GhanaNews

PURC: Utility tariff adjustment not influenced by IMF

The PURC attributed the tariff increase to inflation, the cedi-dollar exchange rate, the current economic situation and the weighted average cost of natural gas

The Public Utilities Regulatory Commission (PURC) has refuted claims by a section of the public that the recent 18.36% upward adjustment in utility tariffs was influenced by the International Monetary Fund (IMF) conditionalities.

Recently, the IMF approved a US$3 billion loan to Ghana, with a US$600 million immediate payout, to restore macroeconomic stability and improve the country’s debt sustainability.

Within the same period, the PURC announced an upward adjustment in tariffs for electricity and natural gas by 18.36% across the board for all consumer groups beginning from 1 June.

The timing of the adjustment has led a section of Ghanaians to believe it is part of the IMF conditionalities for the loan. However, the Bono regional manager of PURC, Patrick Antwi, has refuted the claim. He said the commission is mandated to review tariffs quarterly to ensure that it manages cost effectively, adding that it has nothing to do with IMF conditionalities.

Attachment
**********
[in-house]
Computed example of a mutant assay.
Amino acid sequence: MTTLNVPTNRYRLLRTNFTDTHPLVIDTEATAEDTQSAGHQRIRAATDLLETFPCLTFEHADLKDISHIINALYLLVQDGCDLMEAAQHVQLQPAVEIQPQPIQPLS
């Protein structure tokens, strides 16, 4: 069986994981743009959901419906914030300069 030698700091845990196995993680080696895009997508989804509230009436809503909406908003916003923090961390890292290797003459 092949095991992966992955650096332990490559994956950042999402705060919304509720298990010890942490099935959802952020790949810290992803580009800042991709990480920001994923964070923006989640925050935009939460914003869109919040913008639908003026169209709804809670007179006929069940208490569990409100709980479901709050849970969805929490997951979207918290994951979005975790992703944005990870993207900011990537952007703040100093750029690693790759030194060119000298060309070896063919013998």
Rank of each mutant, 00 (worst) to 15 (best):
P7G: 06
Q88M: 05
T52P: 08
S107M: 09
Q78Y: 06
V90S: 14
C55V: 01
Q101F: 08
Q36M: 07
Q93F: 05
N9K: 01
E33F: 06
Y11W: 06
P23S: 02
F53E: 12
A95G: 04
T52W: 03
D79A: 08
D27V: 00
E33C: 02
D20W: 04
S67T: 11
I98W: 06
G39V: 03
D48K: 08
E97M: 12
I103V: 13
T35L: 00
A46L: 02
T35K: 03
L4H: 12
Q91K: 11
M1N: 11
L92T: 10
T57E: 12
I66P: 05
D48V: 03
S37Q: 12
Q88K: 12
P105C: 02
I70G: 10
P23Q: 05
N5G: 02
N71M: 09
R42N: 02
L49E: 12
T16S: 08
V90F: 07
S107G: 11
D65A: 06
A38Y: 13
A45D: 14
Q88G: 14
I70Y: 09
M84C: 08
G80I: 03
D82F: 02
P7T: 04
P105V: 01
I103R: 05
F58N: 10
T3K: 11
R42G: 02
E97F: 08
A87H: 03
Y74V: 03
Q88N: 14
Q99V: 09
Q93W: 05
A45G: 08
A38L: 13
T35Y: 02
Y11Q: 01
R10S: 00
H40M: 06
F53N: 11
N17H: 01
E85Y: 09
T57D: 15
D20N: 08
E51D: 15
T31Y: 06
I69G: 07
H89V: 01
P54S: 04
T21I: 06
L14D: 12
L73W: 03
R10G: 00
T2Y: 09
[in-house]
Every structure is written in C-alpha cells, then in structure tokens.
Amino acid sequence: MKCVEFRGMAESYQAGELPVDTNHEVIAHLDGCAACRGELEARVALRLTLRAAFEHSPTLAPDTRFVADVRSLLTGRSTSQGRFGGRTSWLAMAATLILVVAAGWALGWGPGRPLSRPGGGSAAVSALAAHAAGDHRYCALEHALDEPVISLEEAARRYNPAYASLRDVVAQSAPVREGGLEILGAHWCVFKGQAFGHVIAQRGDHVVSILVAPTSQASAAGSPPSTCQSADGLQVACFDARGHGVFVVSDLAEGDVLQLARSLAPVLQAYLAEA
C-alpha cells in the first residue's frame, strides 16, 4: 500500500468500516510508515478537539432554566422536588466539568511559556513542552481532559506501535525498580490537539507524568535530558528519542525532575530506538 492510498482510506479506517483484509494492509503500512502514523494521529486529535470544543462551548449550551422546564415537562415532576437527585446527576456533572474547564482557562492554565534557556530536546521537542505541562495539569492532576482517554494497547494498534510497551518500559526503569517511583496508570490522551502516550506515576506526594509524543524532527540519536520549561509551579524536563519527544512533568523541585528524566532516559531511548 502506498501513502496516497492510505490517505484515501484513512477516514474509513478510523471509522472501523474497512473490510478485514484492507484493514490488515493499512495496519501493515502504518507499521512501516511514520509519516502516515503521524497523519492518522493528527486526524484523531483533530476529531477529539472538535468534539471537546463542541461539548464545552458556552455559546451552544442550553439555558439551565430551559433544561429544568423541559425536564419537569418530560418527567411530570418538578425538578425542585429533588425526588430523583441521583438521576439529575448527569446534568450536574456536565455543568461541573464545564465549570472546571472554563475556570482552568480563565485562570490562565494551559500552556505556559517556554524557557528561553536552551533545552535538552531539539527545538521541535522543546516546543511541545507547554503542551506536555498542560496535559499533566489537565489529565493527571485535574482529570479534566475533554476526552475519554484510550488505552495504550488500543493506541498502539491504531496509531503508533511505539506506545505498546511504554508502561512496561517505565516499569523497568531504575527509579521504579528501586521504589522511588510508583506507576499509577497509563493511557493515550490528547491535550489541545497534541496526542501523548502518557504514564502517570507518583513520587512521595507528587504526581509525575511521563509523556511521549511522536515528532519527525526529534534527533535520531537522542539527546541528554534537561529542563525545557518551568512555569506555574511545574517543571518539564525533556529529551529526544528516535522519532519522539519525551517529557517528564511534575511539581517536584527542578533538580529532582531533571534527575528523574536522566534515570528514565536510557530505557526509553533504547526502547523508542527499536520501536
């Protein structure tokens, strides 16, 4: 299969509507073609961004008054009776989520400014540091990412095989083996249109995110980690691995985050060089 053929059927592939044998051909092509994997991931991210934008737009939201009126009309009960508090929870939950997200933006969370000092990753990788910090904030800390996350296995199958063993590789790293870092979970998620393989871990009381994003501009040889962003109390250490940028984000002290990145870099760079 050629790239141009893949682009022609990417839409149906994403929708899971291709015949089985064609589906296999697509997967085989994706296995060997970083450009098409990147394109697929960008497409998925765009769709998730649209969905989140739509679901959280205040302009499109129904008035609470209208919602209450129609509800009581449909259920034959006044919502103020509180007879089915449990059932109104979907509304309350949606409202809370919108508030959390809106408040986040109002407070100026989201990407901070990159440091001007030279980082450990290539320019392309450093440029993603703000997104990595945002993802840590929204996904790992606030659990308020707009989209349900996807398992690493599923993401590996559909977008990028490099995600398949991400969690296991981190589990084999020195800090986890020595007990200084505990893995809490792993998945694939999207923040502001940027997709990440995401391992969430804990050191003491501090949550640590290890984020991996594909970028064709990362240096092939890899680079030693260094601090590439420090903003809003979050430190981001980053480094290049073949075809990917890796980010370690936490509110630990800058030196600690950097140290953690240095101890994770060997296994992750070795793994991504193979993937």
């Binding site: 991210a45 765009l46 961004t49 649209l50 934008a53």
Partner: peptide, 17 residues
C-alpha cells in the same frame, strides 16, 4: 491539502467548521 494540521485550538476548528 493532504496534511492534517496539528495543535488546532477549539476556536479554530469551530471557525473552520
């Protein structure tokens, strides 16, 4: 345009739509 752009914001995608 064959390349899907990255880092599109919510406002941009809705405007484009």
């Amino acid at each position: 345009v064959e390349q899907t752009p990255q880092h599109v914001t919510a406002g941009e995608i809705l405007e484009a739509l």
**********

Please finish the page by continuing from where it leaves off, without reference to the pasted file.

Antwi said, “…as a commission, we are mandated to review and adjust tariffs quarterly and that is what we have just done. What we did in the first quarter is the same thing we are doing in the second quarter. So, if they are linking the second quarter to that of IMF, then I’m a bit confused.”

The PURC attributed the tariff increase to inflation, the cedi-dollar exchange rate, the current economic situation and the weighted average cost of natural gas.

The regional manager of the PURC said the commission is embarking on an education campaign dubbed “Know your consumption”. This, he said, is to ensure that people understand how much they consume and the need to conserve energy.

Antwi urged consumers to conserve energy, pay their bills on time and avoid illegal connections.

He said, “We are carrying out [public] education known as ‘Know your consumption.’ We have realized that it is very important to carry out such an activity because people need to understand how much they consume every month to be able to appreciate what they are paying for.”

 

Reporting by Daniel Donkor in the Bono Region

 

 

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